Rob Gronkowski sets world record, catches football dropped from 600 feet above ground

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Rob Gronkowski is officially a Guinness World Record holder.

Gronk visited his old stomping grounds at the University of Arizona today to talk to the football team and show off an impressive feat: He caught a football dropped from a helicopter 600 feet above the stadium.

Wearing an Arizona Wildcats helmet and jersey, Gronk twice dropped footballs that fell from the sky before he grabbed the third one with a basket catch. He was mobbed by Arizona players who clearly enjoyed having him on hand for their spring game today.

The previous world record was 563 feet, set by YouTube personality Tyler Toney in 2017. Gronk broke that record with an even 600 feet, although it’s surprising he didn’t add another 90 feet to that total.

31 responses to “Rob Gronkowski sets world record, catches football dropped from 600 feet above ground

  1. Quite impressive. Calculating the velocity of a falling object from 600 feet — assuming the ball was merely dropped from the helicopter and not thrown — the ball would have reached Gronk in a little over six seconds (6.107 to be exact) and would be traveling at 196.5 feet per second when he caught it, or about 127 miles per hour. Bottom line: Gravity is powerful.

  2. At how many feet does the ball reach maximum velocity? Probably not much difference in velocity from 600 feet and 6000 feet. Just a lot more lateral drift.

  3. Taking into account the drag coefficient, and the Reynolds Number, of an American football the TERMINAL VELOCITY of a football dropped from 600+ feet would approach 60 mph.

  4. On side note he met with Tom Brady with the football just before the drop and it was later determined it was somehow filled with helium.

  5. I of course did your standard google search and came up with the answer.

    133 MPH, it would have taken 6.107 as mhouser above stated, who probably does not need to google search.

  6. Only on pro football talk.com, can we bring together, football, a bunch of nerds, one guy who doesn’t get sarcasm, a world record and a guy who likes to have fun. America what a country!

  7. Thats actually pretty damn impressive for him. I imagine the ball was traveling quite fast, just a guess i didnt major in Physics.

  8. radar8 says:
    April 24, 2021 at 1:20 pm
    Wow. I guess that everything is considered an “accomplishment”

    Modern day “participation trophy” right? Thanks for playing.

  9. To be honest after watching most of the games hes played. We have always known that he has great hands, have witnessed quite a few shoe top catches. Hes a freakish talent and a sure HOF.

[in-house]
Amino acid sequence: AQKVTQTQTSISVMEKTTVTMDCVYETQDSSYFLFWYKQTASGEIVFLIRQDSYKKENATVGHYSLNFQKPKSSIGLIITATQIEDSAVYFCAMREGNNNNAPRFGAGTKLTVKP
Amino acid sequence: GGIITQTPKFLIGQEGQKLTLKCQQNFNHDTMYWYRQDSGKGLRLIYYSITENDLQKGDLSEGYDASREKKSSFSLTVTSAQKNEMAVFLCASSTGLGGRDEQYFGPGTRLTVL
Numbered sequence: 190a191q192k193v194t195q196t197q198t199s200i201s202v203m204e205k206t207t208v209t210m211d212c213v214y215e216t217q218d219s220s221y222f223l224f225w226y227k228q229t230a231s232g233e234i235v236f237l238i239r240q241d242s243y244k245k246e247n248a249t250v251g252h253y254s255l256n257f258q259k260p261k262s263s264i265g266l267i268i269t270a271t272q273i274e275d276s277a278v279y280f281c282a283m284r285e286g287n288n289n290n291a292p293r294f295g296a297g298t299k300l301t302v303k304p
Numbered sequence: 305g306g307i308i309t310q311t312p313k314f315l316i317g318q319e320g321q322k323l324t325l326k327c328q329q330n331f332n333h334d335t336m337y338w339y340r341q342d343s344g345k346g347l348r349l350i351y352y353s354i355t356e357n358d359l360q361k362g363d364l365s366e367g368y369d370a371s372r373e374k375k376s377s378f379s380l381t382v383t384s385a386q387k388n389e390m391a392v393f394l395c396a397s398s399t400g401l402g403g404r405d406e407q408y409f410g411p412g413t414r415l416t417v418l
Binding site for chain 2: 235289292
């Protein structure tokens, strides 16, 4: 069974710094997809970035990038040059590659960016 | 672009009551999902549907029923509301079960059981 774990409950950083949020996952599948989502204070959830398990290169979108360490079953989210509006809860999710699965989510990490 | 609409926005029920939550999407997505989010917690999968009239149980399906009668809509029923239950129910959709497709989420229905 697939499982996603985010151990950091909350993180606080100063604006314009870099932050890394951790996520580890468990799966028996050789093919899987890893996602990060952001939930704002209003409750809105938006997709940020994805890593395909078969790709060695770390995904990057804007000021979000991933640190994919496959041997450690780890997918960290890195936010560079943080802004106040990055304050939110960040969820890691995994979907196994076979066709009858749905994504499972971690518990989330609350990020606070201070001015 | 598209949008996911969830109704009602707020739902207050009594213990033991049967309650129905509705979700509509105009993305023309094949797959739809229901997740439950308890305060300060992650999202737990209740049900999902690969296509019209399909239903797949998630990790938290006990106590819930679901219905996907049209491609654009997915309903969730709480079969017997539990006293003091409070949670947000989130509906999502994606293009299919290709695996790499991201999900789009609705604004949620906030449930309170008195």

10. radar8 says:

    April 24, 2021 at 1:20 pm

    Wow. I guess that everything is considered an “accomplishment”
    ———
    Definition of accomplishment- the successful achievement of a task.

  11. Roger Goodell consulted some sheep intestines, and determined the ball’s internal air pressure did not remain constant during changes in altitude because of a gypsy curse.

  12. I know nuthin–but no way the ball was falling at 100+ mph if he caught it. Think of what a baseball does at 90+ mph when it hits a player. Granted, a baseball is harder and it’s impact is in a smaller area, but still… I assume the football was not falling in a tight spiral, so it seems to me that the air resistance of a tumbling football would slow its descent significantly. Still an impressive feat-I guess, but I just cant buy that 127mph claim.
    Sean

  13. PS: a late gust of wind and that ball conks him on the dome…. at the reported 133 mph…DOA

  14. mhouser1922 says:
    April 24, 2021 at 3:02 pm
    Quite impressive. Calculating the velocity of a falling object from 600 feet — assuming the ball was merely dropped from the helicopter and not thrown — the ball would have reached Gronk in a little over six seconds (6.107 to be exact) and would be traveling at 196.5 feet per second when he caught it, or about 127 miles per hour. Bottom line: Gravity is powerful.

    Fake science guy here is proof of one thing, a lie can travel halfway around the world before the truth can put his pants on. No way that ball was traveling over 100 miles an hour when Gronk caught it.
    A few minutes looking into the equation and I derived that you are a phony scientist. Good job, just like the media. Liar

  15. I’d like to see Gronk challenge Joey Chestnut in a hot dog eating contest.

  16. I teach physics, so I can add my perspective. I can’t tell if the ball is spiralling straight down or wobbling end over end, but I can calculate the terminal velocity for both cases. Assuming a weight of 410 grams, a height of 600 ft (182.88m), a drag coefficient of 0.0029 kg/m for the spiral and 0.007 kg/m for the end over end case (see Investigation of toppling ball flight in American football with a mechanical field-goal kicker by Pfeifer et al. 2017), you get a max velocity of 81 mph for the tight spiral, taking 7.5 seconds to reach the ground, or a max velocity of 54 mph, taking 9.3 seconds to reach the ground. I am more inclined to believe the latter, but I guess either is possible.

  17. Given the technique Gronk used – basket catch – seems like a punt returner would be better suited to break this record than a tight end.

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